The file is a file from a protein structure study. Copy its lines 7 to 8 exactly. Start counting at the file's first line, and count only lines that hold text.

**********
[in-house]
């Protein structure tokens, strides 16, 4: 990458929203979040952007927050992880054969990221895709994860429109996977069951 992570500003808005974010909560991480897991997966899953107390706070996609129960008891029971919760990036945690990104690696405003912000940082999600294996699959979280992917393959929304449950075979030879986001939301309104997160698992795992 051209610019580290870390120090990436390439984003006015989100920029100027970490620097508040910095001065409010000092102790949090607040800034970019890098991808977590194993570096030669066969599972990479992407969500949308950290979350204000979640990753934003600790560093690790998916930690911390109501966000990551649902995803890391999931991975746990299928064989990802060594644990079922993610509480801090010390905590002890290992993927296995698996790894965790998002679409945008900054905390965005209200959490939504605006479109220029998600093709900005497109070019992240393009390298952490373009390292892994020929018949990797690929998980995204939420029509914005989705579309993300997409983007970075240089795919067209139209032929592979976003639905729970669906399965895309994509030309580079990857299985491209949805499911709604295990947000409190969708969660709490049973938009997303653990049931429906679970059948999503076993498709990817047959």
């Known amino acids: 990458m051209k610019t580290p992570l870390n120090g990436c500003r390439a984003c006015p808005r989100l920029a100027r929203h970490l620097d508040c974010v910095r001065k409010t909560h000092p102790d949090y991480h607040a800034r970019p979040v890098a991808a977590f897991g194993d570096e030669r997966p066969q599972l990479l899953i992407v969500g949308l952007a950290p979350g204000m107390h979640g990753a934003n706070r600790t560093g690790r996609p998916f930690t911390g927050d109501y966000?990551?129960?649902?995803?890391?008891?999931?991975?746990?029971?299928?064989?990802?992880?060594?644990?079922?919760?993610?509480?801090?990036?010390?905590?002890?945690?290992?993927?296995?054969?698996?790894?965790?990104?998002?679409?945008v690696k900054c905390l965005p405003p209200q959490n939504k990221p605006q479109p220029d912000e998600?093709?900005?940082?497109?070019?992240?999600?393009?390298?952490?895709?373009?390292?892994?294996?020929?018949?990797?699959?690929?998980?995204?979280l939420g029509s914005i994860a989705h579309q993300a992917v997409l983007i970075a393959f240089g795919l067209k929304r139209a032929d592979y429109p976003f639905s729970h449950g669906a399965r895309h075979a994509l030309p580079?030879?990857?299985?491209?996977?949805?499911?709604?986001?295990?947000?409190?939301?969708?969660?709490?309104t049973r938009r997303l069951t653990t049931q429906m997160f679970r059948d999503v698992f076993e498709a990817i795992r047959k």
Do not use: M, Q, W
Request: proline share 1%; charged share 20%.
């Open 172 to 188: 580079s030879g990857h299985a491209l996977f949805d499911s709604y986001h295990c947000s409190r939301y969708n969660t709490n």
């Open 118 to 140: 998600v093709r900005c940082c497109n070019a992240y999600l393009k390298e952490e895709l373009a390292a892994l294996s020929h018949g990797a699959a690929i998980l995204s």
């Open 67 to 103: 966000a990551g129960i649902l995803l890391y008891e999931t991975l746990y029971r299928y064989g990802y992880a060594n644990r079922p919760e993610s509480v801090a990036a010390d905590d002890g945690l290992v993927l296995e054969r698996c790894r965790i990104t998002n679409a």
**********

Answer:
């Open 118 to 140: 998600v093709r900005c940082c497109n070019a992240y999600l393009k390298e952490e895709l373009a390292a892994l294996s020929h018949g990797a699959a690929i998980l995204s």
């Open 67 to 103: 966000a990551g129960i649902l995803l890391y008891e999931t991975l746990y029971r299928y064989g990802y992880a060594n644990r079922p919760e993610s509480v801090a990036a010390d905590d002890g945690l290992v993927l296995e054969r698996c790894r965790i990104t998002n679409a």